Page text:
WNTD was the original affiliate of Air America Radio in Chicago.[50] Program hosts included Al Franken, Randi Rhodes, Janeane Garofalo, Rachel Maddow, Lizz Winstead and Chuck D.[50] The network launched on March 31, 2004.[50] However, these programs ended after two weeks, on April 14, due to a payment dispute between Multicultural Radio Broadcasting, then owner of WNTD, and Air America Radio.[51] On April 15, a judge ruled that Air America had fully paid for airtime on WNTD and ordered Multicultural to broadcast Air America on the station.[52] However, Air America would only continue on the station through the end of the month.[53] WNTD would return to airing a Spanish language format.[54][55][56]

In 2007, the station was sold to Sovereign City Radio for $15 million.[57][58] In October 2007, Relevant Radio began to air from 6 AM to 6 PM weekdays, while brokered Spanish language programming aired the remainder of the time.[58]

From August 2009, until August 14, 2010, WNTD carried "Avenue 950", programmed by Sovereign City Radio Services, which featured an eclectic mix of jazz, blues, standards, and adult contemporary from 6:00 PM to 5:00 AM.[59][60] Relevant Radio continued to air during the remainder of the station's schedule.[60] On August 15, 2010, the station began airing Relevant Radio full time.[60]

In 2014, the station was sold to Starboard Media Foundation, Inc. for $14.4 million.[61] The transaction was consummated on May 2, 2014.[62]

References

  1. 1 2 3 4 5 6 7 8 9 10 11 12 13 14 15 16 History Cards for WNTD, fcc.gov. Retrieved August 27, 2018.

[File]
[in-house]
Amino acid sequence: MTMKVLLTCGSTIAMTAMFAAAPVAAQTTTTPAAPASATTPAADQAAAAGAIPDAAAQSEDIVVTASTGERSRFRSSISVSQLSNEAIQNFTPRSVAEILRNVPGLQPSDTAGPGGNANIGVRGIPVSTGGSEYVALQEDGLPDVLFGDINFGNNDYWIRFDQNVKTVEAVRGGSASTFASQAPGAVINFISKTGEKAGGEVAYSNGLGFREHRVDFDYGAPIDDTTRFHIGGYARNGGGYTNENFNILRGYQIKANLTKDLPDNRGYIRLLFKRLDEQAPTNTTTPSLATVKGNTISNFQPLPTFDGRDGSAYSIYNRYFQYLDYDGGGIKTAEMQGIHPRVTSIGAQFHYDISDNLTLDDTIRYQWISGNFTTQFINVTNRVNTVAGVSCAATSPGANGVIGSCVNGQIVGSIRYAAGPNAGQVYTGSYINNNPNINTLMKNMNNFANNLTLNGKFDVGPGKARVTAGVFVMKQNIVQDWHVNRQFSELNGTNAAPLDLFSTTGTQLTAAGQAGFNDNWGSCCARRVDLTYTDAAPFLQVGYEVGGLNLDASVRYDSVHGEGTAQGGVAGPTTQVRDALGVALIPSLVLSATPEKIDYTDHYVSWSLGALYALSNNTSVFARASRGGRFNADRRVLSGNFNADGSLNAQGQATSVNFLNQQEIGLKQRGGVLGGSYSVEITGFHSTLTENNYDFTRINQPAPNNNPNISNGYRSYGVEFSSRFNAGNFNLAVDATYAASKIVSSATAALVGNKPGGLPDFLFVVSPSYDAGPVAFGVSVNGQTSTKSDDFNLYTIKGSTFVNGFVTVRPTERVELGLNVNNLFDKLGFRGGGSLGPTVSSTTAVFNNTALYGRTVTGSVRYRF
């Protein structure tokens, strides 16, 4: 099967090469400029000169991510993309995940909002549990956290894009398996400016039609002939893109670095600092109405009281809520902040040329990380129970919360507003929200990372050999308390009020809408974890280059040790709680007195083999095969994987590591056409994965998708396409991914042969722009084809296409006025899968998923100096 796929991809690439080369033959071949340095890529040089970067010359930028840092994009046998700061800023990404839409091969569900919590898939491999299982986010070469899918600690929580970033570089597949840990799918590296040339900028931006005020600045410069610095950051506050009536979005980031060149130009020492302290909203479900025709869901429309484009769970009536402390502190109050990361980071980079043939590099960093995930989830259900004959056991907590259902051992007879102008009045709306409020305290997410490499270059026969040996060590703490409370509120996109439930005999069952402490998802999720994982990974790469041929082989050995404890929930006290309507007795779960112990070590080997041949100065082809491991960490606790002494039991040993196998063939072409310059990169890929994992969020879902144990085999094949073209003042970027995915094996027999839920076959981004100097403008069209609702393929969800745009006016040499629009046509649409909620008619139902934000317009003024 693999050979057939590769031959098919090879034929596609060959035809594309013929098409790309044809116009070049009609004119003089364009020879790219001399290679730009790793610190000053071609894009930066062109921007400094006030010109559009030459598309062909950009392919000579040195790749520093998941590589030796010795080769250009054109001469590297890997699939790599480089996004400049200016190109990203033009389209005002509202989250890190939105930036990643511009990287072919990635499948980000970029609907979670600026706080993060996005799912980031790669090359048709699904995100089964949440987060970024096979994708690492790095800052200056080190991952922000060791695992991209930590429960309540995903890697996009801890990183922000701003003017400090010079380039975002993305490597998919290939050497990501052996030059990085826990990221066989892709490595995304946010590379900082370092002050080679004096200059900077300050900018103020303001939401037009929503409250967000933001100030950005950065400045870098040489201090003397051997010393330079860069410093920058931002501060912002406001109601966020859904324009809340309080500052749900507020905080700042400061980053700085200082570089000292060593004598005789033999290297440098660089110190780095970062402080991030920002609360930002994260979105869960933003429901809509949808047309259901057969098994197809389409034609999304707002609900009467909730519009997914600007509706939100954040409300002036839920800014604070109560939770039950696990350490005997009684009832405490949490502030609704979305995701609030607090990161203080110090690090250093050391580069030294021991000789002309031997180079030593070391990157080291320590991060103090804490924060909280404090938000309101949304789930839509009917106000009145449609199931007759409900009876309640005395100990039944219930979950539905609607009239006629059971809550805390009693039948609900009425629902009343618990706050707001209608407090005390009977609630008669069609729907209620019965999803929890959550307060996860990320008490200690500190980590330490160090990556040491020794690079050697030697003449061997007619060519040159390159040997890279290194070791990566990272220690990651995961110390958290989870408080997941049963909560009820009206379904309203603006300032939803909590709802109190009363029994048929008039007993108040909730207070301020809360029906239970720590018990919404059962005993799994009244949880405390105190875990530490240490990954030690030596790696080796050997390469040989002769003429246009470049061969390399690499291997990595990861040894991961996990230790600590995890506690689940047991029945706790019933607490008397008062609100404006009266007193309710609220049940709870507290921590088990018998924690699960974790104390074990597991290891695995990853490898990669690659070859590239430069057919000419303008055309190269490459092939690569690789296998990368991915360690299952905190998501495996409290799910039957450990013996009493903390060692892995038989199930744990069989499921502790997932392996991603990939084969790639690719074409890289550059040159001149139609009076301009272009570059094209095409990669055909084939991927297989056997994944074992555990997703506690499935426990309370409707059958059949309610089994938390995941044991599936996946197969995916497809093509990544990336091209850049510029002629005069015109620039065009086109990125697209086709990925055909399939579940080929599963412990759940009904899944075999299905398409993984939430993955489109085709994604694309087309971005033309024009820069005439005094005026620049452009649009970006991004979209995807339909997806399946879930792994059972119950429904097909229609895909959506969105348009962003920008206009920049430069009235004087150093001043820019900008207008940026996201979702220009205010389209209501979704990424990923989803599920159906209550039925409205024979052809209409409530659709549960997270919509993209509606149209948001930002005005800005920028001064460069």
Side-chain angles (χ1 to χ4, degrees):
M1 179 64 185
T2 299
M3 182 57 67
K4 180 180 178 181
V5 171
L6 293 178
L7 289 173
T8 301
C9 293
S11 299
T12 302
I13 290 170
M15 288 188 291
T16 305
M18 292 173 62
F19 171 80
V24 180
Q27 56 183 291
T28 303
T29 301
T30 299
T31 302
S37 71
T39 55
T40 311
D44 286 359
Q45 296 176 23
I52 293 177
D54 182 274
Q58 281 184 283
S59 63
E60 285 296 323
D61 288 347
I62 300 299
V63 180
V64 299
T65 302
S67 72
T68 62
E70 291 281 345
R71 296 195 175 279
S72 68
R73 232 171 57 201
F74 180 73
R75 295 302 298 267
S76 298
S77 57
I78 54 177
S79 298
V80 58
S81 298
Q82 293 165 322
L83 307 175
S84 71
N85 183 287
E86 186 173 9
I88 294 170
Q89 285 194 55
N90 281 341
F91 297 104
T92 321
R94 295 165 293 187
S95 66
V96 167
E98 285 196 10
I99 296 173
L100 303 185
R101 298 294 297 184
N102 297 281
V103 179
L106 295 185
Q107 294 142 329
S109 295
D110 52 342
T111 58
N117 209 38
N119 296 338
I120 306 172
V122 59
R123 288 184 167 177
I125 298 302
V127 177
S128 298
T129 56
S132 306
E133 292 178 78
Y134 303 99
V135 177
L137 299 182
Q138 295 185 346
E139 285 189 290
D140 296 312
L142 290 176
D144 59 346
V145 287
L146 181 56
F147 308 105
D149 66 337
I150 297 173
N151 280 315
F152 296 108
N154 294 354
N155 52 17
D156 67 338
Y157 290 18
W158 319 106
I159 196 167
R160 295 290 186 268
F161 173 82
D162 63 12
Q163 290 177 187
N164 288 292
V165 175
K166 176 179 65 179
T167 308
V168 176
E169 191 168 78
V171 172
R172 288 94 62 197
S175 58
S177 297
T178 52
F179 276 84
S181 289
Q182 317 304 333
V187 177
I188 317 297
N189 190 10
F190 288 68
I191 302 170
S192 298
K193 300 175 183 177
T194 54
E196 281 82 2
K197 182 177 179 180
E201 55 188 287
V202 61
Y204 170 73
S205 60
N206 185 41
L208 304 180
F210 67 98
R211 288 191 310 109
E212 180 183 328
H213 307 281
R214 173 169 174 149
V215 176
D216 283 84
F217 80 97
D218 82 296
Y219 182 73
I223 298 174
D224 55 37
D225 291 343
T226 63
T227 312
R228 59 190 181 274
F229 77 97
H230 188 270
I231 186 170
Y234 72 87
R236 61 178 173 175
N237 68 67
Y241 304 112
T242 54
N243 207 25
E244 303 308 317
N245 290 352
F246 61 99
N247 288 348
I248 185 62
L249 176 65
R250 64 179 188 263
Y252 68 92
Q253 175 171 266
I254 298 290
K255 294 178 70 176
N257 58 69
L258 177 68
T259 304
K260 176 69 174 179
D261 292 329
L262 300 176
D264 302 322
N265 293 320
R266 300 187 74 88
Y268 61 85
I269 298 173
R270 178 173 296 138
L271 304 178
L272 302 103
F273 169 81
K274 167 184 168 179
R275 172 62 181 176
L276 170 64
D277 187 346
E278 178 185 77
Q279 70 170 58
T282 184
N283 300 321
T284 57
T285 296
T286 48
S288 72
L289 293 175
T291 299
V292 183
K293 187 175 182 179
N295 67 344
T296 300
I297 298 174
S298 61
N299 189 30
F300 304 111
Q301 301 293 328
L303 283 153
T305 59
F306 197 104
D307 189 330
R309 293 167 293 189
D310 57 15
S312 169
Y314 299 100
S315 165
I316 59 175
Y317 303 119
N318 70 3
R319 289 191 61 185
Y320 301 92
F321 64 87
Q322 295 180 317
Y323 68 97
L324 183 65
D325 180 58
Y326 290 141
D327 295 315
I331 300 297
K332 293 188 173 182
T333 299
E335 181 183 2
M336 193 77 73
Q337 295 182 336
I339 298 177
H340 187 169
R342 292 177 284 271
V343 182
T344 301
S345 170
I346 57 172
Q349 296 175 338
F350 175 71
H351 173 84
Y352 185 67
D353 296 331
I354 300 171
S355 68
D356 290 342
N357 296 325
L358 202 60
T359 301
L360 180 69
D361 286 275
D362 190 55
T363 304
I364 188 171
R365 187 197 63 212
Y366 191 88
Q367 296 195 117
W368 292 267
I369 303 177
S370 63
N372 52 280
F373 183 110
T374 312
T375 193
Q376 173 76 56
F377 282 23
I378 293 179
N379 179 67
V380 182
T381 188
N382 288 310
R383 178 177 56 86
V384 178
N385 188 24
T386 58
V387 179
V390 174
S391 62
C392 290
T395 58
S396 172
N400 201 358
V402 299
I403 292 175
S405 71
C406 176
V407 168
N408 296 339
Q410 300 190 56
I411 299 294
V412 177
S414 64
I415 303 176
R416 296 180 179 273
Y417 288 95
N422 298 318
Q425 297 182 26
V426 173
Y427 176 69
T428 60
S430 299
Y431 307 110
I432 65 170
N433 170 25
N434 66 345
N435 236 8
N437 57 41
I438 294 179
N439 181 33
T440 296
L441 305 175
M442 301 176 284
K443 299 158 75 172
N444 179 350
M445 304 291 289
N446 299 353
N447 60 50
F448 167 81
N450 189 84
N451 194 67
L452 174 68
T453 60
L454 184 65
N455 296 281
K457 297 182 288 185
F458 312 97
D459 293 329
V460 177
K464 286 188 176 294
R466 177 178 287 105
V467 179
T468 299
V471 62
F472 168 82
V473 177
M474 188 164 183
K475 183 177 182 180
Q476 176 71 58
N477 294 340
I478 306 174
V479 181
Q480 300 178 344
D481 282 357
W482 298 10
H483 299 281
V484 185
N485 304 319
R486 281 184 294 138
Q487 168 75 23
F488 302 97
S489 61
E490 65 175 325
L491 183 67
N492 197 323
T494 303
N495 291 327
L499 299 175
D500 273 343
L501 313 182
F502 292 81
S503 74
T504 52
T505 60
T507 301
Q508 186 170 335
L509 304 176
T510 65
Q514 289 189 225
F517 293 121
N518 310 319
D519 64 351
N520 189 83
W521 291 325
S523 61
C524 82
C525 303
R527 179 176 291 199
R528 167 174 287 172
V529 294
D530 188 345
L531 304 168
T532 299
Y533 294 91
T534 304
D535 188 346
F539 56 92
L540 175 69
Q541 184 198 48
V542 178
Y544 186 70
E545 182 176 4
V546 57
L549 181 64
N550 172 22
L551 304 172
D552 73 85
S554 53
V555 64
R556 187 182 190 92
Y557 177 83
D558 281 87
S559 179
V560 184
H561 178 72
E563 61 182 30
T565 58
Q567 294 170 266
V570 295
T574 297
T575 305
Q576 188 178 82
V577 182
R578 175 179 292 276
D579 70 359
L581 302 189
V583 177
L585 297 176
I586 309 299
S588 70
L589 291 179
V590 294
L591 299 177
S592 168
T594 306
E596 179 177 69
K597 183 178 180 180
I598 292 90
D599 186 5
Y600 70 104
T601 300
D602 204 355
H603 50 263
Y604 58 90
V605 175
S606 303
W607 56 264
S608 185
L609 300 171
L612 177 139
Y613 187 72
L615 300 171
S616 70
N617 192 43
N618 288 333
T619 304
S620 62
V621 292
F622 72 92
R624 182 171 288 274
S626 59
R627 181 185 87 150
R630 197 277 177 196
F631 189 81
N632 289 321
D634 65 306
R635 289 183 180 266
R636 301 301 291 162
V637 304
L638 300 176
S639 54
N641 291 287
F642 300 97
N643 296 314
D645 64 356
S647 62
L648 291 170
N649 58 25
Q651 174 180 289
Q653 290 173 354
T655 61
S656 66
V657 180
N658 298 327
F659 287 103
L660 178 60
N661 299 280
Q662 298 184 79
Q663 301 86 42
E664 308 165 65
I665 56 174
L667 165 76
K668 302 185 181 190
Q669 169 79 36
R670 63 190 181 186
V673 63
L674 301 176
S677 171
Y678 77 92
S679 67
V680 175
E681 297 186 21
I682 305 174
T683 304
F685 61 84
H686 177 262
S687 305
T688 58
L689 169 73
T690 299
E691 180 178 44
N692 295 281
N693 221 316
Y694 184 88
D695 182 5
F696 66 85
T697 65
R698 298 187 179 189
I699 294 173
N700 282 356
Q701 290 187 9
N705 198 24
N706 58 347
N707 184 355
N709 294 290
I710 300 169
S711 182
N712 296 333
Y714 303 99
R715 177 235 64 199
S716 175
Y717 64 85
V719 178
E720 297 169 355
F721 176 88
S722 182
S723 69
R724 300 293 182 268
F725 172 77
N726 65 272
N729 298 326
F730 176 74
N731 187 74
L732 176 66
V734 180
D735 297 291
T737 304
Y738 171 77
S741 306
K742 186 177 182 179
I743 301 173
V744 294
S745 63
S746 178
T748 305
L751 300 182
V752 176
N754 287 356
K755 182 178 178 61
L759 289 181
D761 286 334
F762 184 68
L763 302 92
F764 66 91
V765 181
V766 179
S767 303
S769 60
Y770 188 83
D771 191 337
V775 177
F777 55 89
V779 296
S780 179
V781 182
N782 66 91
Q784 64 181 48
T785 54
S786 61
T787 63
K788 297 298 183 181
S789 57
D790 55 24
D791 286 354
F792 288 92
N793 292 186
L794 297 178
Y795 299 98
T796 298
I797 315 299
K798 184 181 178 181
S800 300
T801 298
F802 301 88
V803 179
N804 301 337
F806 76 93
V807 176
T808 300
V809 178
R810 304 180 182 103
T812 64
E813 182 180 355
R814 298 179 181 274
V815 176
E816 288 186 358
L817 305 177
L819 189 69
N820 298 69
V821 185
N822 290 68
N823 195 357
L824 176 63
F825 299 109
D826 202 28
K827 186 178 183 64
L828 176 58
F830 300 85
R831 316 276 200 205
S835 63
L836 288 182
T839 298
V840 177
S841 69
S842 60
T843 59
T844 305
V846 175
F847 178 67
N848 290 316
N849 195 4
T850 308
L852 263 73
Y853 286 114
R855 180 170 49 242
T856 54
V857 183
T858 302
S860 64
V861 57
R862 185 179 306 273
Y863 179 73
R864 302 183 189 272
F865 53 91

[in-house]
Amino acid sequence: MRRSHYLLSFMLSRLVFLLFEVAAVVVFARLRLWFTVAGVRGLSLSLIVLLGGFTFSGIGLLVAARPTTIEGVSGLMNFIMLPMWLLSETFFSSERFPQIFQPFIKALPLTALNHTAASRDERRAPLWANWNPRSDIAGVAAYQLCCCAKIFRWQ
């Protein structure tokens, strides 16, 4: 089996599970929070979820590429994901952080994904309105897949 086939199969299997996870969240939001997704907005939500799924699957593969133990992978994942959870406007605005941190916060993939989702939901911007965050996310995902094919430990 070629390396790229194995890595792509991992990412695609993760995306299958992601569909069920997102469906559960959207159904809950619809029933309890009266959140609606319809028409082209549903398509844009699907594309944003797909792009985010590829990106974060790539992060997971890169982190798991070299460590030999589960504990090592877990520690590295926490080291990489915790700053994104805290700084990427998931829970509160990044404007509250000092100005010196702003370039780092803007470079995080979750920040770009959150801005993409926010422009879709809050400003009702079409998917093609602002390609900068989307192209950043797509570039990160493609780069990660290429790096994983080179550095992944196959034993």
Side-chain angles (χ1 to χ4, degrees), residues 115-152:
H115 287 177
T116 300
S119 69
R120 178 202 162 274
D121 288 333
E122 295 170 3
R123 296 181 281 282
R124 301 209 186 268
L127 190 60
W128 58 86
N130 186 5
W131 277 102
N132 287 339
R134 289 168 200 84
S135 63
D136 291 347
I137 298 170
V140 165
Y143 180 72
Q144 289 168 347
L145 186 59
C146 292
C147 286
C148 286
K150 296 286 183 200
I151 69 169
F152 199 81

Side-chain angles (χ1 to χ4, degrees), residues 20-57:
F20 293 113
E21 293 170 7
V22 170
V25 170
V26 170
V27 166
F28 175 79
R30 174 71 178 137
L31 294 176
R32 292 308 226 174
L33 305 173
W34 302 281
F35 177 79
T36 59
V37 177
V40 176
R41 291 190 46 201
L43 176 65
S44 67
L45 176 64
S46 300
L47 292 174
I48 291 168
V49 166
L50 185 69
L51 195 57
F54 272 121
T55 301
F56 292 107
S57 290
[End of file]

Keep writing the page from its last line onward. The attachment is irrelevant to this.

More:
2. 1 2 3 4 5 6 Call Sign History, fcc.gov. Retrieved August 27, 2018.
  3. "WNTD 950 AM Chicago is broadcasting Relevant Radio programming 24 hours a day, 7 days a week". Relevant Radio. 2010-08-15. Retrieved 2010-10-11.
  4. 1 2 3 "AM Histories", Broadcasting - Telecasting. October 25, 1948. p. 14. Retrieved August 27, 2018.
  5. 1 2 3 4 5 6 "1922 - Year Radio's Population Soared", Broadcasting. May 14, 1962. p. 96. Retrieved August 27, 2018.
  6. Gernsback, H. (1922) Radio For All. p. 271. Retrieved August 29, 2018.
  7. Radio Broadcast. Doubleday, Page, and Co. July 1922. p. 276. Retrieved August 29, 2018.
  8. Citizens Radio Call Book: A Complete Radio Cyclopedia. Volume 4, November 4. November 1923. p. 13. Retrieved August 29, 2018.
  9. The Wireless Age. November 1923. p. 64. Retrieved August 29, 2018.
  10. Radio Progress. August 15, 1925. p. 38. Retrieved August 29, 2018.
  11. Citizen's Radio Callbook: A Complete Radio Cyclopedia. Vol. 6. No. 2. Fall 1925. p. 14. Retrieved August 29, 2018.
  12. Radio and Amusement Guide. Chicago Edition. Vol. 1, No. 16. Week of February 7-13, 1932. Retrieved August 30, 2018.